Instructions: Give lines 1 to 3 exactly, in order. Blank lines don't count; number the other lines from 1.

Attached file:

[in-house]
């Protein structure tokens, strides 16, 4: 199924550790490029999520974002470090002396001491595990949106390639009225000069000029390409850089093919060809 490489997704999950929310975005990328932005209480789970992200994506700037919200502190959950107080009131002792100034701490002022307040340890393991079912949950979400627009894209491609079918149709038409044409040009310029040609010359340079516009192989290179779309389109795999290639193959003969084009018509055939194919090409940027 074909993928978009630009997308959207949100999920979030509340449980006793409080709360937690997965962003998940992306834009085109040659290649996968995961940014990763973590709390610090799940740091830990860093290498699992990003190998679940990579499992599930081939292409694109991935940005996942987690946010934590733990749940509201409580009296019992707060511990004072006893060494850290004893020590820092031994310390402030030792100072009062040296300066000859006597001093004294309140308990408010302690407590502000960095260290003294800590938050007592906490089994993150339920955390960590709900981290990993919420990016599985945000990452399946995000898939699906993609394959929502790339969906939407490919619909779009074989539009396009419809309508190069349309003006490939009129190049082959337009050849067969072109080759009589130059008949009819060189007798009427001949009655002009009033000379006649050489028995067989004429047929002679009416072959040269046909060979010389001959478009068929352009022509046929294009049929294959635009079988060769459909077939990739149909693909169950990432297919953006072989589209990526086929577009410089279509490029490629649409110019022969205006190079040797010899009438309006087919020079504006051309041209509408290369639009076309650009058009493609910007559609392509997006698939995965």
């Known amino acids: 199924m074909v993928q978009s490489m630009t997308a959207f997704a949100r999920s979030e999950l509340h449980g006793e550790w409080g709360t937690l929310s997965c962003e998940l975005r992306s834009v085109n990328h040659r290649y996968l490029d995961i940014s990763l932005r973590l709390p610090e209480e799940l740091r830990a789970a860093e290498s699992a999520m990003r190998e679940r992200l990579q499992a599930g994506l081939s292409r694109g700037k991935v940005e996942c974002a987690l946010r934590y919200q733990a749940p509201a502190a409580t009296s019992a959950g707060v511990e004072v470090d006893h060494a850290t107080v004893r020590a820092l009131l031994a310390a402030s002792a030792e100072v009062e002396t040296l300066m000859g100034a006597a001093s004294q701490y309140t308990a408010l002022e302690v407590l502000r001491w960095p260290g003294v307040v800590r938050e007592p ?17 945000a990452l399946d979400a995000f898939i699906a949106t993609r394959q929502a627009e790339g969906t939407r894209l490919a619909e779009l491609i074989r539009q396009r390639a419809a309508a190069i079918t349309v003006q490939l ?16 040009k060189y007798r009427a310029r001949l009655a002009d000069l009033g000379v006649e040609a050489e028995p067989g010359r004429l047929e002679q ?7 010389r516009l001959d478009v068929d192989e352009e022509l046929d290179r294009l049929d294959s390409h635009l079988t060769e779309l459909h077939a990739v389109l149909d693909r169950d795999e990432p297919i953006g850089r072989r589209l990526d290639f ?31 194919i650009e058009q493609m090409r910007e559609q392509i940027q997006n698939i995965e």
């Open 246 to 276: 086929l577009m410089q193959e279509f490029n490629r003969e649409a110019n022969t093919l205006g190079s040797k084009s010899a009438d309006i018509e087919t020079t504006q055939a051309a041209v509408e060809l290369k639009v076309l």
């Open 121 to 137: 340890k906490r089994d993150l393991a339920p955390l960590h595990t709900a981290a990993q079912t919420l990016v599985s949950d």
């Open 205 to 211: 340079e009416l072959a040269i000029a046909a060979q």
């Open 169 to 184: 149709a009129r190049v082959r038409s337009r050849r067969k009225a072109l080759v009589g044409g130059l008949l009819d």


[in-house]
């Protein structure tokens, strides 16, 4: 199924550790490029999520974002470090002396001491595990949106390639009225000069000029390409850089093919060809 490489997704999950929310975005990328932005209480789970992200994506700037919200502190959950107080009131002792100034701490002022307040340890393991079912949950979400627009894209491609079918149709038409044409040009310029040609010359340079516009192989290179779309389109795999290639193959003969084009018509055939194919090409940027 074909993928978009630009997308959207949100999920979030509340449980006793409080709360937690997965962003998940992306834009085109040659290649996968995961940014990763973590709390610090799940740091830990860093290498699992990003190998679940990579499992599930081939292409694109991935940005996942987690946010934590733990749940509201409580009296019992707060511990004072006893060494850290004893020590820092031994310390402030030792100072009062040296300066000859006597001093004294309140308990408010302690407590502000960095260290003294800590938050007592906490089994993150339920955390960590709900981290990993919420990016599985945000990452399946995000898939699906993609394959929502790339969906939407490919619909779009074989539009396009419809309508190069349309003006490939009129190049082959337009050849067969072109080759009589130059008949009819060189007798009427001949009655002009009033000379006649050489028995067989004429047929002679009416072959040269046909060979010389001959478009068929352009022509046929294009049929294959635009079988060769459909077939990739149909693909169950990432297919953006072989589209990526086929577009410089279509490029490629649409110019022969205006190079040797010899009438309006087919020079504006051309041209509408290369639009076309650009058009493609910007559609392509997006698939995965």
């Known amino acids: 199924m074909v993928q978009s490489m630009t997308a959207f997704a949100r999920s979030e999950l509340h449980g006793e550790w409080g709360t937690l929310s997965c962003e998940l975005r992306s834009v085109n990328h040659r290649y996968l490029d995961i940014s990763l932005r973590l709390p610090e209480e799940l740091r830990a789970a860093e290498s699992a999520m990003r190998e679940r992200l990579q499992a599930g994506l081939s292409r694109g700037k991935v940005e996942c974002a987690l946010r934590y919200q733990a749940p509201a502190a409580t009296s019992a959950g707060v511990e004072v470090d006893h060494a850290t107080v004893r020590a820092l009131l031994a310390a402030s002792a030792e100072v009062e002396t040296l300066m000859g100034a006597a001093s004294q701490y309140t308990a408010l002022e302690v407590l502000r001491w960095p260290g003294v307040v800590r938050e007592p ?17 945000a990452l399946d979400a995000f898939i699906a949106t993609r394959q929502a627009e790339g969906t939407r894209l490919a619909e779009l491609i074989r539009q396009r390639a419809a309508a190069i079918t349309v003006q490939l ?16 040009k060189y007798r009427a310029r001949l009655a002009d000069l009033g000379v006649e040609a050489e028995p067989g010359r004429l047929e002679q ?7 010389r516009l001959d478009v068929d192989e352009e022509l046929d290179r294009l049929d294959s390409h635009l079988t060769e779309l459909h077939a990739v389109l149909d693909r169950d795999e990432p297919i953006g850089r072989r589209l990526d290639f ?31 194919i650009e058009q493609m090409r910007e559609q392509i940027q997006n698939i995965e």